Cut dramatically affects the appearance of a gemstone. Gemstones are cut to maintain maximum weight while exhibiting optimal color and brilliance. A well cut gemstone is able to handle the play of light; the gemstone comes alive with life and sparkles as light dances through their facets. Take a closer look at a gemstone. There should not be any dark lifeless areas (extinction) or flat washed out zones (window); there should be consistent light refraction throughout the gemstone.
Colored gemstones are cut in various styles and shapes. Mostly gemstones are faceted like diamonds, in several proportionate geometric sizes. Some gemstones are cut in the traditional dome shape ‘cabochon’, bringing out special optical effects such as star and Cat’s eye seen in gemstones such as Jade, Star sapphire, Star ruby, Opal and many others.
- When you buy a gemstone, you should always go for the ideal cut gemstone with the desired shape. A good cut is something that may not cost more but can add or subtract a lot of gemstone beauty.
- You should always ensure that gemstone is properly polished and with perfect symmetry. The stone should be symmetrical in all dimensions so that it will appear balanced.
- When you buy a gemstone, you should give preference to wearer’s personal choice regarding the gemstone cut and shape.
Color is the most defining characteristic of a gemstone. Most gemstones occur in a spectrum of colors, while some have more restricted palettes. Since the color phenomenon in gemstones can become very complex, experts analyze the chromatic options in terms of three essential components: hue, tone, and saturation. Hue is the primary color of the gemstone. Tone represents the depth of color, ranging from colorless to black. Gemstone tone is described as ‘light’, ‘medium-light’, ‘medium’, ‘medium-dark’ and ‘dark’. Finally, saturation refers to the purity or intensity of the primary color. As a general rule, a bright, intense, pure, rich and vivid color is considered the industry best. The most valuable gemstones are those that exhibit a pure color with only slight hues of secondary colors.
The primary color should be medium, neither too dark nor too light. While buying gemstones you need to be aware of color ranges and objective value assessments, but it is best to rely on your eyes; if a particular color speaks to you, by all means listen. Select your gemstone that fit your needs the best.
- When you buy a colored stone, you should give a close attention to the color of the gemstone. Gemstone should not be too dark or too light. Usually a gemstone with bright, rich, intense, pure, and vivid color is always best.
- The best way to see the true color of a gemstone is by looking at it against a white surface.
Gemstones naturally have characteristics, called inclusions that were created during the process of crystallization of the gemstone. Inclusions do not necessarily diminish a colored gemstone’s beauty or desirability. It is difficult to find gemstones without any inclusions or imperfections. If there are no inclusions, gemologists will suspect the gemstone to be synthetic or treated.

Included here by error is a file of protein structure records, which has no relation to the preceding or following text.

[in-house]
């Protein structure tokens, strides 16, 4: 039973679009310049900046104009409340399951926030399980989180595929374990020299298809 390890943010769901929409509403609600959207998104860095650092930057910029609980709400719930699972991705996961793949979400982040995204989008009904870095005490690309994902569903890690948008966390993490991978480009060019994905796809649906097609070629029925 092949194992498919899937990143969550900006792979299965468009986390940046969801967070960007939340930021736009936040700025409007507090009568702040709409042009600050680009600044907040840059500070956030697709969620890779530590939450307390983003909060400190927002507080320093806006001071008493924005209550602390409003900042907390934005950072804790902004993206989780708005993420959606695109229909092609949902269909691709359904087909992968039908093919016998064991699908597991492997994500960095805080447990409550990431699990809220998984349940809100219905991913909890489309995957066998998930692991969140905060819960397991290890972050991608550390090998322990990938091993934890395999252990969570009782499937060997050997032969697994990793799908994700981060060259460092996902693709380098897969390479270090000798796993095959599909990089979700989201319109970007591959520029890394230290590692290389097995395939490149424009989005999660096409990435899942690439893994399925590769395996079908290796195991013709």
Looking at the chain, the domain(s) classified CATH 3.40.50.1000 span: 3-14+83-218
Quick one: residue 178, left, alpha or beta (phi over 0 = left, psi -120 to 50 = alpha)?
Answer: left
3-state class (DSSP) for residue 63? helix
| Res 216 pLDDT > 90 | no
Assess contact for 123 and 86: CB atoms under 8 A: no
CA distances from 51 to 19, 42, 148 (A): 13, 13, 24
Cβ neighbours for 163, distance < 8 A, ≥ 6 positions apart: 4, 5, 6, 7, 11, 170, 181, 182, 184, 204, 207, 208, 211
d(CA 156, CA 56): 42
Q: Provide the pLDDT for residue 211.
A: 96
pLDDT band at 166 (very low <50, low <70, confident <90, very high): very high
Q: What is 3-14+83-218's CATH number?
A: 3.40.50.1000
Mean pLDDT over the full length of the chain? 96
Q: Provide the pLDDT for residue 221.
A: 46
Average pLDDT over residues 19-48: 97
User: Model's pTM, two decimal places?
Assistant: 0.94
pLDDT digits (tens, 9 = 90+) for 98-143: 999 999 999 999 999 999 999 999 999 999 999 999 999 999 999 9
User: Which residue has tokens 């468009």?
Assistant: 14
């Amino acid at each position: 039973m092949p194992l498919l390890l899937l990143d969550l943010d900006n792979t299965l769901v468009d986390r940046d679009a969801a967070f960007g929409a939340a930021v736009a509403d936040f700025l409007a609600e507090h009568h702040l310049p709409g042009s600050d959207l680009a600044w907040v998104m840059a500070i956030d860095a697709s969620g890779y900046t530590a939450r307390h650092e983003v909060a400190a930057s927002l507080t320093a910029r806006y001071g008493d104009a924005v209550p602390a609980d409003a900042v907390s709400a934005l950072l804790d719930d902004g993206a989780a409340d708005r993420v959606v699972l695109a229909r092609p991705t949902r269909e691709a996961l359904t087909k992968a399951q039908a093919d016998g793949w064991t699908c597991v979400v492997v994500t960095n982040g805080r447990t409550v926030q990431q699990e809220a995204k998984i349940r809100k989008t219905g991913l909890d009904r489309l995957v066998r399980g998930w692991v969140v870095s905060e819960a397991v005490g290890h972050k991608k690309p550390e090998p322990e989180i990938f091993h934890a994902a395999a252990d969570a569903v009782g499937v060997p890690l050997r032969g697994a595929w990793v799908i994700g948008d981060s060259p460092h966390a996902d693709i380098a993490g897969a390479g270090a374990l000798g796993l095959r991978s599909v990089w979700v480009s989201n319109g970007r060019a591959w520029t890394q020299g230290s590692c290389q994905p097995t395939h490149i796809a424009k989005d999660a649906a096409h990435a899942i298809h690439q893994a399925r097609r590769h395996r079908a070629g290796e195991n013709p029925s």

In some cases, inclusions can actually add to a gemstone’s beauty and value. Special, needle-like inclusions cause the spectacular optical phenomenon called cat’s eye and asterism, displayed by Chrysoberyl and Corundum mineral families (sapphire and ruby).
Since colored gemstones are created by a variety of geologic processes, it’s common for some type of gemstones to have more inclusions than others. For example gemstones like Aquamarine, Citrine, Tanzanite, Topaz and Kunzite are typically eye clean while gemstones like Emerald, Ruby and Sapphire most likely have visible inclusions, especially on a microscopic level.
- Usually colored gemstones are examined from the top or face up position. So when you buy a gemstone, you should examine it from the top and if an inclusion or flaw does not show in the face up position, then it will not affect the value and beauty much. In the same manner, if the gemstone setting hides an inclusion, then also it will not affect the value and beauty much.
- You can use jeweler’s magnifying glass loupe to examine gemstone’s imperfections.
- When you buy a gemstone, you should give more importance to its color instead of its clarity.
Carat is the unit of measurement used to weigh gemstones. One carat is equal to 200 milligrams or 0.20 grams. In addition to carat weight, gemstones are measured in size (mm). Two gemstones of the same size can vary in weight owning to different proportions. Gemstones are typically priced on a per carat basis depending on the color and brilliance of the stone, and since gemstones are less likely to appear in larger sizes, the per-carat price climbs steeply as the carat weight increases steadily.
Choosing the right size is a personal matter. With the right piece, you may find just the look and emotional appeal you wanted and at a price you can afford.
- The carat weight of a gemstone will always depend on your budget. When budget is a strong factor, smaller stones have a significant advantage.
- You must buy an average sized gemstone with good color, cut and clarity instead of buying a larger gemstone with not so good color, cut and clarity.